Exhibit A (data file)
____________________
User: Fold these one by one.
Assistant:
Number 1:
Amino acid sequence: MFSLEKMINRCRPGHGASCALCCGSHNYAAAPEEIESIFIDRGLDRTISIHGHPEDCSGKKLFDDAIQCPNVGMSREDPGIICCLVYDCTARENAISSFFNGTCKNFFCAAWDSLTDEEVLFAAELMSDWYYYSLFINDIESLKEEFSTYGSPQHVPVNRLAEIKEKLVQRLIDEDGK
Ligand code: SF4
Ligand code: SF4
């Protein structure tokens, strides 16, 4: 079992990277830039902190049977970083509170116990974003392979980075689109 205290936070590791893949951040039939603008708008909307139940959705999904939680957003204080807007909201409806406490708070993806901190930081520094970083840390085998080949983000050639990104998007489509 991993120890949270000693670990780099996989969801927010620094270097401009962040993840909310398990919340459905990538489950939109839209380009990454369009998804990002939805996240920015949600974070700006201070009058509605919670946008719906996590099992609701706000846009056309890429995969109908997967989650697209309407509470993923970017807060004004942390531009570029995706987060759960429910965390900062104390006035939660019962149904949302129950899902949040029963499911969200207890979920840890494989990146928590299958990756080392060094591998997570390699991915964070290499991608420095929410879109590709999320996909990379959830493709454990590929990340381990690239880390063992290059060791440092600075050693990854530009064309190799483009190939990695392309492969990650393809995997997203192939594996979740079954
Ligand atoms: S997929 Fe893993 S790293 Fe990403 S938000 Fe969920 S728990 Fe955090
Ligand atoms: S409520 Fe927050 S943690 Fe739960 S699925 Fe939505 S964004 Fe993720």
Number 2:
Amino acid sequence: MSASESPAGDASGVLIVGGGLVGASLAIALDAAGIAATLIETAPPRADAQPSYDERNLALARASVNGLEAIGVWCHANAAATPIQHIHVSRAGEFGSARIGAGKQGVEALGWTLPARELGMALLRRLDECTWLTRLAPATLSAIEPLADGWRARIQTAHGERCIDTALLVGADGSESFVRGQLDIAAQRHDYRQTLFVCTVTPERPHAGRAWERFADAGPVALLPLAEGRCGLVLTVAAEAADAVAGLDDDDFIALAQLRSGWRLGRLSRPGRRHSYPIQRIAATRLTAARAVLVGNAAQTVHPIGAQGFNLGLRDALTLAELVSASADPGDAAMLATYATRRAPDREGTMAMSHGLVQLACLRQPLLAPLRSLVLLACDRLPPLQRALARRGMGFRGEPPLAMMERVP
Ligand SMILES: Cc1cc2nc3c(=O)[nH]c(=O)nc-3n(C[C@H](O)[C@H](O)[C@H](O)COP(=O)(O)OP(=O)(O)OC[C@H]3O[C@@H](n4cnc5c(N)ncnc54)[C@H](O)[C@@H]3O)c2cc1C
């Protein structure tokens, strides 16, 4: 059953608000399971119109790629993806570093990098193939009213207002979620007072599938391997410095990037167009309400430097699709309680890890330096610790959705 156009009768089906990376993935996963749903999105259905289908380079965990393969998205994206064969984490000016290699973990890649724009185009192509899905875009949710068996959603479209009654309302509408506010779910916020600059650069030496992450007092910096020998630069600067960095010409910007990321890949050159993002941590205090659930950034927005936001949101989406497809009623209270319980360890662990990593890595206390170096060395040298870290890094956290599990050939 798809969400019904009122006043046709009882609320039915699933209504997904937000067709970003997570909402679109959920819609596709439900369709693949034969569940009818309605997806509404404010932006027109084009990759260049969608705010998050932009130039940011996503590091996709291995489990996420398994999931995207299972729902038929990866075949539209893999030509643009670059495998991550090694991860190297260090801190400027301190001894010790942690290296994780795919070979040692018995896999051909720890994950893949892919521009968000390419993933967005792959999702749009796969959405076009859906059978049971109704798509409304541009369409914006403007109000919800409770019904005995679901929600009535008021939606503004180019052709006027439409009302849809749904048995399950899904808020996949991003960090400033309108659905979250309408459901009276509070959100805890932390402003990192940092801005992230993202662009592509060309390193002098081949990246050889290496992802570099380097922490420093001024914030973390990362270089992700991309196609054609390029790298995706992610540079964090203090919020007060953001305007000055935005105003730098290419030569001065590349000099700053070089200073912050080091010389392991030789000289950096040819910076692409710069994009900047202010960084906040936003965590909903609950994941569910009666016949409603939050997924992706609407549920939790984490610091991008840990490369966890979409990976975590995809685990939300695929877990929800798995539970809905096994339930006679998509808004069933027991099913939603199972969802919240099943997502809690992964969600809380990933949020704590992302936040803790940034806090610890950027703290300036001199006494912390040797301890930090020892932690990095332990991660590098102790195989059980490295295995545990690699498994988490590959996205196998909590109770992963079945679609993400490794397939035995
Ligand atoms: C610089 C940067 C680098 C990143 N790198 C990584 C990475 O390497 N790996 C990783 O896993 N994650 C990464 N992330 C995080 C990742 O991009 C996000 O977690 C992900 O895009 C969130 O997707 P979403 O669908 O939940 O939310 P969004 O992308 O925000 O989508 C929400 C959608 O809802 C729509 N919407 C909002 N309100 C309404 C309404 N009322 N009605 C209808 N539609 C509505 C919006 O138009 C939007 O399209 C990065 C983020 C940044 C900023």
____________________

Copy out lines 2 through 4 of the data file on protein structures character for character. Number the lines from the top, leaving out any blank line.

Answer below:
Assistant:
Number 1:
Amino acid sequence: MFSLEKMINRCRPGHGASCALCCGSHNYAAAPEEIESIFIDRGLDRTISIHGHPEDCSGKKLFDDAIQCPNVGMSREDPGIICCLVYDCTARENAISSFFNGTCKNFFCAAWDSLTDEEVLFAAELMSDWYYYSLFINDIESLKEEFSTYGSPQHVPVNRLAEIKEKLVQRLIDEDGK